Check the European Agenda for Music website or get in touch if you wish to learn more or want to get involved in the process!
In order to have a well-balanced document that reflects all sectors of the European music life, the European Agenda for Music creation process was not restricted to the EMC member organisations but also involved music actors that are not part of the EMC membership base.
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The aim in developing a European Agenda for Music (EAM) is to bring together the diverse voices of the European music sector to determine a common vision and strategy for the future. The European Music Council has worked intensely to consult and hear from as many voices as possible, across Europe and across the music sector - and continues to do so. In the European music sector, we have many different viewpoints and interests, but we share one common goal: a thriving music sector that continues to play an essential role in the European landscape.
The agenda is based on a manifesto and 9 key themes covering the main issues that came up in the discussions over the past years. Seven working groups set up according to different sections of the music sector met on several occasions to reflect and debate on their specific topics. They produced recommendations and reports which served as a base to determine common principles and objectives.
The European Agenda on Music will bring together the music sector, allowing it to join voices. It will be a platform for collaboration and exchange. Initiated by the European Music Council, coordination will remain with the EMC, however the Agenda itself is a document owned by everyone involved.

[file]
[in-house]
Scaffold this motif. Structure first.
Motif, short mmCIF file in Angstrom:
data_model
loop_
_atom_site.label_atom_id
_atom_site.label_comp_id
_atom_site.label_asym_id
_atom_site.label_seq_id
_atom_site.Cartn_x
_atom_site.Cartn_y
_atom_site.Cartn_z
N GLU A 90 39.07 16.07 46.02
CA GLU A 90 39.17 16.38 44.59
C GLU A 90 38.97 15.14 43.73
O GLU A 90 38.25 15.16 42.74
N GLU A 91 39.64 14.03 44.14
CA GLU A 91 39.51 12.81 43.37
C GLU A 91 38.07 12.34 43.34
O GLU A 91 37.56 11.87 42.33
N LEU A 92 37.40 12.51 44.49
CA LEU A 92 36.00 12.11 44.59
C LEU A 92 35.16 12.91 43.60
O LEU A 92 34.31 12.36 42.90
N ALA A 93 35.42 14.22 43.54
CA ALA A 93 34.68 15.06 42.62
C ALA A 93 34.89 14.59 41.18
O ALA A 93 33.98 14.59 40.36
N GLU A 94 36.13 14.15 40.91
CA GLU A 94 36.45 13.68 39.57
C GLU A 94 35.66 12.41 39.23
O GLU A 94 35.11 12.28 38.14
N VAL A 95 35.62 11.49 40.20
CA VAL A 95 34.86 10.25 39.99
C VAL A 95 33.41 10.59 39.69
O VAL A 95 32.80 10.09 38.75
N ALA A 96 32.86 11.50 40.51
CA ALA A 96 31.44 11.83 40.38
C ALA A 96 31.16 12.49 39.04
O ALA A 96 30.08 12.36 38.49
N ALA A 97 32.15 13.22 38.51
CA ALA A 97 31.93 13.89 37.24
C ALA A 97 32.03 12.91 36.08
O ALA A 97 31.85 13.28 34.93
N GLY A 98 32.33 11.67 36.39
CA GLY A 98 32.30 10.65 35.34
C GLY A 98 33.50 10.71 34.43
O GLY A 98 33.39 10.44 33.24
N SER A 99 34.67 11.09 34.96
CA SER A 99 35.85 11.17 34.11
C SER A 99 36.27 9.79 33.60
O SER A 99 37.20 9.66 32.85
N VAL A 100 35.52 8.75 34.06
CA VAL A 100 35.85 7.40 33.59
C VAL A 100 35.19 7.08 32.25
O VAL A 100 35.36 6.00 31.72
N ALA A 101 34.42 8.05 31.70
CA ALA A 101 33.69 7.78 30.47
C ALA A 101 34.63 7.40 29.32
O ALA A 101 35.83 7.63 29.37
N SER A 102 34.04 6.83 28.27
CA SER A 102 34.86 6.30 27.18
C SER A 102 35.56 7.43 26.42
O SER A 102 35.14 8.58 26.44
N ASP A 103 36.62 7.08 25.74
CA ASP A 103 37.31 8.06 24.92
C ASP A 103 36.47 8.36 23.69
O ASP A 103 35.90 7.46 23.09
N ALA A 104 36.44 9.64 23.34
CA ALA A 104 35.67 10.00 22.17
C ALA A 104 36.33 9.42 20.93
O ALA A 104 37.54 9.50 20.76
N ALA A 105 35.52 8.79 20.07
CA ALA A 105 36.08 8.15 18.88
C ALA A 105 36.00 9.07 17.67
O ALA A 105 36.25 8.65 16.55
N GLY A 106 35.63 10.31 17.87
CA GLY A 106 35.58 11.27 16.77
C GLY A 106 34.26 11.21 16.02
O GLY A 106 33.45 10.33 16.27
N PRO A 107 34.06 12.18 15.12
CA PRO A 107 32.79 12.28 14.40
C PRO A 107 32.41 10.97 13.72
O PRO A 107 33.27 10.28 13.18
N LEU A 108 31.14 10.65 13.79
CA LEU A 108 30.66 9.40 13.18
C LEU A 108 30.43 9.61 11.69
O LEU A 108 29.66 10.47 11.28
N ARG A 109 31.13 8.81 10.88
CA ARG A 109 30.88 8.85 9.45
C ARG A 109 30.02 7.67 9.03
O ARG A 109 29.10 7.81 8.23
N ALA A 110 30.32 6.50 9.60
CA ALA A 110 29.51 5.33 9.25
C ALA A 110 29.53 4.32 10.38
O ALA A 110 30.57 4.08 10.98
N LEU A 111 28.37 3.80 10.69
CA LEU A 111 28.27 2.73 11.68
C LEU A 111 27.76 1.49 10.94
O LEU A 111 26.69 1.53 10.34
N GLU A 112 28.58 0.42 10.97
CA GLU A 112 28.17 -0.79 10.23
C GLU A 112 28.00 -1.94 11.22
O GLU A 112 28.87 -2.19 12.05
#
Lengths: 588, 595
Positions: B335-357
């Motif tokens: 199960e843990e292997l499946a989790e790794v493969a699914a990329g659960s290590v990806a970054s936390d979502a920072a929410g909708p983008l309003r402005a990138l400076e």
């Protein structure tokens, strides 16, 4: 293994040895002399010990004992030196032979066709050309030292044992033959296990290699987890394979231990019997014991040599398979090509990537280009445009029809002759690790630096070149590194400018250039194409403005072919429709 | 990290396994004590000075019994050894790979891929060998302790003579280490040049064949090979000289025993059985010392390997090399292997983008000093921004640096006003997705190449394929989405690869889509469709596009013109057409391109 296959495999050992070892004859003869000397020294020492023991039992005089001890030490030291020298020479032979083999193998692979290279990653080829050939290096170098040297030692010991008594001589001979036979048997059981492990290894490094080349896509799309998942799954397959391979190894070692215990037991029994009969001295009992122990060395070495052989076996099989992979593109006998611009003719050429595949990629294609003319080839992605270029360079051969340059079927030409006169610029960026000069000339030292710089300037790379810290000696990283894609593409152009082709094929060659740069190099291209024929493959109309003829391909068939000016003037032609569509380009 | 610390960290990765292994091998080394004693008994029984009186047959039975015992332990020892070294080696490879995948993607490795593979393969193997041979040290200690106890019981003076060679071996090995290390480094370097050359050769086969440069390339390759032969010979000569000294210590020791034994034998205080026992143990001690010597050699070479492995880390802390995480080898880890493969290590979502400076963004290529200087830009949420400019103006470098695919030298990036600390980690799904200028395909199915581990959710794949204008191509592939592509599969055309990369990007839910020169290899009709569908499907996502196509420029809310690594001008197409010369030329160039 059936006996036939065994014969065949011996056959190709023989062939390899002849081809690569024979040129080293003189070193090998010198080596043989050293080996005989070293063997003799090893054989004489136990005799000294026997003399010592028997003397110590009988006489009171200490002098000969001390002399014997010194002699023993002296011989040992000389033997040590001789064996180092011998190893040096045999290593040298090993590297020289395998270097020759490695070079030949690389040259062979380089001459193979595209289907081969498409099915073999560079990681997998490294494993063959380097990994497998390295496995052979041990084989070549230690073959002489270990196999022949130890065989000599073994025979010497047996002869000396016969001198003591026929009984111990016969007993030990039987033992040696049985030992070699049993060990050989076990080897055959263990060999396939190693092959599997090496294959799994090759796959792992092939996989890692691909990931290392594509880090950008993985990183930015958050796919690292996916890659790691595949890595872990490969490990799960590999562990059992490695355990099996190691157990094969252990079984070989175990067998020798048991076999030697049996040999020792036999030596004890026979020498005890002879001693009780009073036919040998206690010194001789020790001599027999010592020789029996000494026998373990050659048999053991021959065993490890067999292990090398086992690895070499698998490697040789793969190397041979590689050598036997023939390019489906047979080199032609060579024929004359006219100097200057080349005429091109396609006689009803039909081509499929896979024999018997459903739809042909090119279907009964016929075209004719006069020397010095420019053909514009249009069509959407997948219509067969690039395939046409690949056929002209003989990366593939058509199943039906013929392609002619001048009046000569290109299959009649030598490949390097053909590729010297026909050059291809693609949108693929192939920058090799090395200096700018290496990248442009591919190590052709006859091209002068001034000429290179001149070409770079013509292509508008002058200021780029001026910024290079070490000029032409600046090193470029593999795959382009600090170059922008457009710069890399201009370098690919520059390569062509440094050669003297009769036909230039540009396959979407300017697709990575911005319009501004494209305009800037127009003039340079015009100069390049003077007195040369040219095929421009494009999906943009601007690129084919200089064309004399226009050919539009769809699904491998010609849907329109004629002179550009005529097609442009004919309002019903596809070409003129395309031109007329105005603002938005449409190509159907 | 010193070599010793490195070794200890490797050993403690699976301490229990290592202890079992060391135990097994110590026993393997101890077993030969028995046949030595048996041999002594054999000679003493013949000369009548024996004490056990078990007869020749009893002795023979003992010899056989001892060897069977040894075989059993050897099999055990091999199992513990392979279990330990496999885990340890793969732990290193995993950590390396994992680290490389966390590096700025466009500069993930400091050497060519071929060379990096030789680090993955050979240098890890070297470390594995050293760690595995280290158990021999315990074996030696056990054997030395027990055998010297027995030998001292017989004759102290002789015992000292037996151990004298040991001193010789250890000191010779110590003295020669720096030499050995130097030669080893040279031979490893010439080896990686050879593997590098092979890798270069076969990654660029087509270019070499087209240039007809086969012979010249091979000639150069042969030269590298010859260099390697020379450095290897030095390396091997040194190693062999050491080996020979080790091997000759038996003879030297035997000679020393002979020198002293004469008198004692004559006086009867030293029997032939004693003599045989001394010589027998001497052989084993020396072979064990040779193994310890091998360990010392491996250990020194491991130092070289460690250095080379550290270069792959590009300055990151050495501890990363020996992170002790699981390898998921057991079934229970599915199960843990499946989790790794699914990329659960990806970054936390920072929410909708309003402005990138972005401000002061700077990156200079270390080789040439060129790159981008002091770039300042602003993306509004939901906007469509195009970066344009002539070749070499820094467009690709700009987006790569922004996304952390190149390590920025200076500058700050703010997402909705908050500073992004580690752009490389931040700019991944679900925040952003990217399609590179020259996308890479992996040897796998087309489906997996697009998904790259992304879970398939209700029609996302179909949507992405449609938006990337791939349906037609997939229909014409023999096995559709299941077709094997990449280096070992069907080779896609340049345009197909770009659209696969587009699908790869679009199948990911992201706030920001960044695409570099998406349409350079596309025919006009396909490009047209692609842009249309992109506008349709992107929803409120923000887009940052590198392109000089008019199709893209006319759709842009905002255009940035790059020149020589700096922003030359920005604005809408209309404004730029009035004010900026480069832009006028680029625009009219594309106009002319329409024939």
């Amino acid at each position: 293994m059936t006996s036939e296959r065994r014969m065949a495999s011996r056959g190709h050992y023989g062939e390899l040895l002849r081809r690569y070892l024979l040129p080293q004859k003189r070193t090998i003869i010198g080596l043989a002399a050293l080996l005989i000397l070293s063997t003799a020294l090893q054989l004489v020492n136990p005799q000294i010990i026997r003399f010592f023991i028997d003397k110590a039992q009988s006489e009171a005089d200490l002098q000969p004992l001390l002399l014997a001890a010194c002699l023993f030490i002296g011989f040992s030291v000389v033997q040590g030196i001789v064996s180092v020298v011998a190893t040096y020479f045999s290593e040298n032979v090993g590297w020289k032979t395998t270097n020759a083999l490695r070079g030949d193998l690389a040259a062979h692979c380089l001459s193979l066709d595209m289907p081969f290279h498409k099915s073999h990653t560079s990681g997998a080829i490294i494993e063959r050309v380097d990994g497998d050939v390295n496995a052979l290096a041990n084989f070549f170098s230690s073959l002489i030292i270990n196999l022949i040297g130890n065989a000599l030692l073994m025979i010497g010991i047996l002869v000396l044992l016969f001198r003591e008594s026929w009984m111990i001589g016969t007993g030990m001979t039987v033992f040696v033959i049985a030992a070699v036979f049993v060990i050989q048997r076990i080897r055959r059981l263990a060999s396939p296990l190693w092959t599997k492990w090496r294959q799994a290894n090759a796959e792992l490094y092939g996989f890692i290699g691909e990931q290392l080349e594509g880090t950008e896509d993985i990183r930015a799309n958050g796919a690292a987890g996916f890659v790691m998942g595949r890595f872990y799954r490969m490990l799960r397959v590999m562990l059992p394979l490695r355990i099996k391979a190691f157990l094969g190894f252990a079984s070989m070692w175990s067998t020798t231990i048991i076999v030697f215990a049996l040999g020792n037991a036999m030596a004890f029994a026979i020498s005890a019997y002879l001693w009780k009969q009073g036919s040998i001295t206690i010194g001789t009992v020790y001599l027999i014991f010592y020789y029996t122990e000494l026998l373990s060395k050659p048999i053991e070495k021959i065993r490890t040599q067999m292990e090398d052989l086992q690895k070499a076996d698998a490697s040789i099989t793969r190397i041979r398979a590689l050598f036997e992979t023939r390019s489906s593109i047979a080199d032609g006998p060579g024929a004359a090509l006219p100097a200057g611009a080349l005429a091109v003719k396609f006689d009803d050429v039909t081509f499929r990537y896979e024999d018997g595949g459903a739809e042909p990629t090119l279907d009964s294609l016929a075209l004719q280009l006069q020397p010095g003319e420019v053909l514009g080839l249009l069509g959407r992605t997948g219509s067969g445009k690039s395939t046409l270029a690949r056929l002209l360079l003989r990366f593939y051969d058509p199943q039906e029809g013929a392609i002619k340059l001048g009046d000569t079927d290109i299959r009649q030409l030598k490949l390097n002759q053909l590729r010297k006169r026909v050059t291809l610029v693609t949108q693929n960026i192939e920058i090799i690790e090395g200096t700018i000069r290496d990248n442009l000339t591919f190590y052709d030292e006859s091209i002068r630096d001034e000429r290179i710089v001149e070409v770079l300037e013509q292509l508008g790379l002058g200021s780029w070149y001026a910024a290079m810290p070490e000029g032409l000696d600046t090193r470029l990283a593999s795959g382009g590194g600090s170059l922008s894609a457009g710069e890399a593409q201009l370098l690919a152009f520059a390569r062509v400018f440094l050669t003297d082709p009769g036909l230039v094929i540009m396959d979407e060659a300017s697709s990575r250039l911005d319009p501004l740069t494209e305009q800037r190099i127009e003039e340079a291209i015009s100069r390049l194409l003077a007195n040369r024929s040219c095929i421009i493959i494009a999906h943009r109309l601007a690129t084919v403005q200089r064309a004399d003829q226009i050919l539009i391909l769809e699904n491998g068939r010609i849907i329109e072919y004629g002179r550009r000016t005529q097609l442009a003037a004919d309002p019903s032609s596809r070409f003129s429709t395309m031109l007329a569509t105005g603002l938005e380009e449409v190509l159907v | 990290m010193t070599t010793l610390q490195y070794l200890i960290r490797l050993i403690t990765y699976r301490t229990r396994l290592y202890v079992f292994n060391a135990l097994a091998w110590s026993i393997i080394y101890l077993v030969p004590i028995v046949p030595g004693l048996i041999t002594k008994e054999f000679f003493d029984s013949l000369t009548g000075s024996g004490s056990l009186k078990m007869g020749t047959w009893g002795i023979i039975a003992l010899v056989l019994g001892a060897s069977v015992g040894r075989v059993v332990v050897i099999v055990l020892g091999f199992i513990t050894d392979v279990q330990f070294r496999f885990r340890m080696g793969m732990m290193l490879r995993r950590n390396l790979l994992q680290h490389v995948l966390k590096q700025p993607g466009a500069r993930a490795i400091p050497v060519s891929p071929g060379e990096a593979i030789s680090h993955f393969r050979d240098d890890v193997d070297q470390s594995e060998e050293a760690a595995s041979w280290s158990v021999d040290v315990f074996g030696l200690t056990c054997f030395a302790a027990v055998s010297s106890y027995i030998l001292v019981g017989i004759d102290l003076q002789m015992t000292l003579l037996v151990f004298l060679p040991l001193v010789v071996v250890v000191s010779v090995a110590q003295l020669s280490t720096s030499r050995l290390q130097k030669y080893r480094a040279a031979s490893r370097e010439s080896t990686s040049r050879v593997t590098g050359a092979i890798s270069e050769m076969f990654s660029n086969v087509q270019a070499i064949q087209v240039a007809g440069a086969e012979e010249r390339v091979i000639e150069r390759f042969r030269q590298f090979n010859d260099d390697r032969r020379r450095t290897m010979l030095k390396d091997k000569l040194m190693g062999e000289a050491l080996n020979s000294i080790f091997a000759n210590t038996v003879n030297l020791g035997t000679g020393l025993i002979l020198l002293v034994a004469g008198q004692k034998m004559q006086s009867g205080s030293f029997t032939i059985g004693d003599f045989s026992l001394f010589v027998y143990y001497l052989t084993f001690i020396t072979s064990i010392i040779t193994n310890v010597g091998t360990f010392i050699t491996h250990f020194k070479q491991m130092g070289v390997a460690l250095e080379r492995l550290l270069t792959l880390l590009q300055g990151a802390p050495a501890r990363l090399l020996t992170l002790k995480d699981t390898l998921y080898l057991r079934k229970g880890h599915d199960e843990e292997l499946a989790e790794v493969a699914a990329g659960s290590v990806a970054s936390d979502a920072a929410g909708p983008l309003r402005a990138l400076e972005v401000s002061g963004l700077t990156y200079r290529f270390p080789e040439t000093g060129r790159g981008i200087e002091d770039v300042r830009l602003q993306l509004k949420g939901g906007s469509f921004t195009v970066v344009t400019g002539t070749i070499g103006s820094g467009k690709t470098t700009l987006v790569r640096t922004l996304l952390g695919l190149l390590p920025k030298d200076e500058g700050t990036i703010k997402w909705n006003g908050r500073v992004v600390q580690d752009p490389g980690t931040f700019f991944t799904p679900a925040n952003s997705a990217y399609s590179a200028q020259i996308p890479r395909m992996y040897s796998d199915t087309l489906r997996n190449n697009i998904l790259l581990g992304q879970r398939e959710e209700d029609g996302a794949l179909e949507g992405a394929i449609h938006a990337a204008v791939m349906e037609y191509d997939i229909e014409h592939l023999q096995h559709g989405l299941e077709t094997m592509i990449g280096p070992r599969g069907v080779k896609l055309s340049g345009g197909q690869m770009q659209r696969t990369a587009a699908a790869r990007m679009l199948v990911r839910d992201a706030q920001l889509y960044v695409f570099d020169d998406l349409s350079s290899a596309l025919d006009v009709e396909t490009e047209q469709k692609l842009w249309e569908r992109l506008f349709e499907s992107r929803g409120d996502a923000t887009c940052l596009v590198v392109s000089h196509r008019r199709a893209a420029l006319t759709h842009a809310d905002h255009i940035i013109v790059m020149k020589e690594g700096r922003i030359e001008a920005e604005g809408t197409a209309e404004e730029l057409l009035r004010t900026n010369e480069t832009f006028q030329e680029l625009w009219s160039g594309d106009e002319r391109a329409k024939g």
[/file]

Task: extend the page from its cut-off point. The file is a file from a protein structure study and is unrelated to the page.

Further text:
The aim of the document is for the sector to put forward its own priorities which will improve the situation of music in Europe: What do we want the sector to look like in 10 – 15 years from now?
The European Commission has expressed a desire for there to be more cooperation between the various cultural disciplines, however it is important that the specifics and needs of each individual sector be highlighted, which can be done with the Agenda. Should the European Union or national governments want to make decisions concerning music in the future, the Agenda will provide them with a thorough document (and a united sector) to which they can refer.
The EMC and partners in this venture are the voice of music in Europe. With the publication of UNESCO’s Hangzhou Declaration, culture, and therefore the culture sector is taking a more prominent position in policies at international level. It is therefore important that the music sector is prepared to respond to international enquires when required.